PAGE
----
An article about woes in the high-tech sector helps explains our perma-temporary jobs deficit. The crisis in the U.S. workforce is partly Cyclical (a short-term drop in demand):
"We are talking about people with very particular, advanced skills out there who are at this point just not needed anymore," says Bart van Ark, chief economist at the Conference Board, a business and economic research organization. "Even in this sector, there is tremendous insecurity."
...partly Structural (a long-term mismatch of workers and jobs):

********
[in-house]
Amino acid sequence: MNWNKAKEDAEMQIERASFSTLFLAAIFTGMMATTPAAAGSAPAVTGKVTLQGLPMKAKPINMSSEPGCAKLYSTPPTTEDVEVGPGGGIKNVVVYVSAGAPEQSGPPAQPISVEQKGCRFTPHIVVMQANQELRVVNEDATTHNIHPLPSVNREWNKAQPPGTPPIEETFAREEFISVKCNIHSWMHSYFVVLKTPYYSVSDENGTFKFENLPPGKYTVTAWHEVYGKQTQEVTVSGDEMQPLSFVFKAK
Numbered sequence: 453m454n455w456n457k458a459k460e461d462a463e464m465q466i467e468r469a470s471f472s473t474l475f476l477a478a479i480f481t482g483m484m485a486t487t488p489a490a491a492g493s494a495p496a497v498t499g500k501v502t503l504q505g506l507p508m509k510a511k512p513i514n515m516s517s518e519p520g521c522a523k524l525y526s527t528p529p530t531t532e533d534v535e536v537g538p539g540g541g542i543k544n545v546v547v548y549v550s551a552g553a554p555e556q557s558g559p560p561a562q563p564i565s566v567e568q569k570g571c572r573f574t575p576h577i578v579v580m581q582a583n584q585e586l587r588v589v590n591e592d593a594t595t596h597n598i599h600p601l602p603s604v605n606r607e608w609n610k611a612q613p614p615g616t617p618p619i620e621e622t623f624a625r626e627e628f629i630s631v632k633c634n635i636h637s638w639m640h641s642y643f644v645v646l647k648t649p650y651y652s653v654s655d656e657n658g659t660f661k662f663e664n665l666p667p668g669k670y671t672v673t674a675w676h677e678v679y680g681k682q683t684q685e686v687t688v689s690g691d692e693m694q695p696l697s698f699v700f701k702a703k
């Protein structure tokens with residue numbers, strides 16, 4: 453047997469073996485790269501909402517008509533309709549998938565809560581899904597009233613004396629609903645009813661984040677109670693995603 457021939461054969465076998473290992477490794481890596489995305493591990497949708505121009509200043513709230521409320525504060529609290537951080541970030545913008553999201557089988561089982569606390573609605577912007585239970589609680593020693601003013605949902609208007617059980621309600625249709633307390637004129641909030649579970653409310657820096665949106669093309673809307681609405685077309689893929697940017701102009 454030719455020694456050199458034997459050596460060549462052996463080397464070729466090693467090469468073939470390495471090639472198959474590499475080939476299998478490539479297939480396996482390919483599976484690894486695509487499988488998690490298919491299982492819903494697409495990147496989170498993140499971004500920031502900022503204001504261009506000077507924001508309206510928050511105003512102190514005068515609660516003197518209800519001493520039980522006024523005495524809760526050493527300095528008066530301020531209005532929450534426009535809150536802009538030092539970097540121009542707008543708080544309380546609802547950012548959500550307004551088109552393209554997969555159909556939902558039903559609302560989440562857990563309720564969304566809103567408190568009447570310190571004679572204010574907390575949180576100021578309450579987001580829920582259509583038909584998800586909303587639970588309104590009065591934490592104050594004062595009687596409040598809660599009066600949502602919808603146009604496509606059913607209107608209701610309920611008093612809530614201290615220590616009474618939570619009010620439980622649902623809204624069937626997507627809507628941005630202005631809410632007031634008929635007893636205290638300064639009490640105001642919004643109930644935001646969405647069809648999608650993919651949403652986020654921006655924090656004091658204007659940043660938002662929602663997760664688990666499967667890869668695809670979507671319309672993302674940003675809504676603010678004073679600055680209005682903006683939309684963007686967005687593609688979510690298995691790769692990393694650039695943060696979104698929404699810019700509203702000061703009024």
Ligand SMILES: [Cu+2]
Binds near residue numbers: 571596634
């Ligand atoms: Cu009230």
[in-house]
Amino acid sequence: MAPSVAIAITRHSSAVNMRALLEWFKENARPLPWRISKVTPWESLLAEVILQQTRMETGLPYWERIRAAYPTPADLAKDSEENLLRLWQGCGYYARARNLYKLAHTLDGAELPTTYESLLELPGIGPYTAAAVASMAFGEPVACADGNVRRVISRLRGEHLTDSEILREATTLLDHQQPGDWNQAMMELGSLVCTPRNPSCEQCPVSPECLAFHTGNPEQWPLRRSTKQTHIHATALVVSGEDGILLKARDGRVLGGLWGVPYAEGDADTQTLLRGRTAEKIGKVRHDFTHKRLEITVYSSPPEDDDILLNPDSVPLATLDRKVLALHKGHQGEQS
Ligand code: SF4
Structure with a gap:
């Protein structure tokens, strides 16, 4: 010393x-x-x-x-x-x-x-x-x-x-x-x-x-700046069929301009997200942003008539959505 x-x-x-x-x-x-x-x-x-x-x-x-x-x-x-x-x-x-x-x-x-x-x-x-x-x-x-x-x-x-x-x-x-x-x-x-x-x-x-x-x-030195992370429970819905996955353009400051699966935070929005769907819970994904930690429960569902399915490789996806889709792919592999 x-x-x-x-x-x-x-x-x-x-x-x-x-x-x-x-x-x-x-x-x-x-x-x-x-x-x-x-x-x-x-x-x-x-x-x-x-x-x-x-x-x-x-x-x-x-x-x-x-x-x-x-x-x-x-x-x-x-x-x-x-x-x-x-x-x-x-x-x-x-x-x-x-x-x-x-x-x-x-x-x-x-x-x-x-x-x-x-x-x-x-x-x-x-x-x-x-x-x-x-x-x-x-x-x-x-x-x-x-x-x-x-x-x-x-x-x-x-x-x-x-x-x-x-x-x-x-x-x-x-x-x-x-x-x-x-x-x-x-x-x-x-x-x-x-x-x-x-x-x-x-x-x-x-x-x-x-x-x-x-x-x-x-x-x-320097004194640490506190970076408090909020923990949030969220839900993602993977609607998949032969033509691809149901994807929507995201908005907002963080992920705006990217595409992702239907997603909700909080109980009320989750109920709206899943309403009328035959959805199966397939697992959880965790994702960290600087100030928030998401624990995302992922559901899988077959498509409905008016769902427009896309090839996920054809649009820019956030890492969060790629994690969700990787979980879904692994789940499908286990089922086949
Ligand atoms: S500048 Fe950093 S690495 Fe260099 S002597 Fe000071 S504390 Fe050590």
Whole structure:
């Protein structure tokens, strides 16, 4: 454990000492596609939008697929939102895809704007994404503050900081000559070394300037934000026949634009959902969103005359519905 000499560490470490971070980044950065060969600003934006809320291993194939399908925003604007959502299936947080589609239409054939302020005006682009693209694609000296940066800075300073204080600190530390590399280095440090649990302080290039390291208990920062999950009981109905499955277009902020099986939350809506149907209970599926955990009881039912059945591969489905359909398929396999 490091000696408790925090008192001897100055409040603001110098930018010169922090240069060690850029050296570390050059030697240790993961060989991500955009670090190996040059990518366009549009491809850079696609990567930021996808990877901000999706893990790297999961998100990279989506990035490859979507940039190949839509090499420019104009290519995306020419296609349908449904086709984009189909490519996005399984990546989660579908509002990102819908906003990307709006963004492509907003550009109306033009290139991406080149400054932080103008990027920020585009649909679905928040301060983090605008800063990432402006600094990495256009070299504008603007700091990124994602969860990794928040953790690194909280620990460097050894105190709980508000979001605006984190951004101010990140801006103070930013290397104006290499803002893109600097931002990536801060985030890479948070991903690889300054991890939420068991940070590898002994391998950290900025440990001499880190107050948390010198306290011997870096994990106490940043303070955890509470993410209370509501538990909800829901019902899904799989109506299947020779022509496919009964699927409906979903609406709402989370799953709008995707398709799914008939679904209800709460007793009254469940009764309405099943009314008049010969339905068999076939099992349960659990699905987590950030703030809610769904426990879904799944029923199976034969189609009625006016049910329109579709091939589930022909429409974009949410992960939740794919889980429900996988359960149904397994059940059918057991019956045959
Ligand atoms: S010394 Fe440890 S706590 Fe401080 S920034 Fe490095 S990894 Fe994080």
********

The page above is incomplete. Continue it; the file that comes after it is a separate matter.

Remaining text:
The chief hurdles to more robust technology hiring appear to be increasing automation and the addition of highly skilled labor overseas. The result is a mismatch of skill levels here at home: not enough workers with the cutting-edge skills coveted by tech firms, and too many people with abilities that can be duplicated offshore at lower cost.
...and partly Strucylical (people out of work due to a short-term drop in demand see their skills atrophy)
That's a familiar situation to many out-of-work software engineers, whose skills start depreciating almost as soon as they are laid off, given the dynamism of the industry.
Read the full story at the New York Times.
We want to hear what you think about this article. Submit a letter to the editor or write to firstname.lastname@example.org.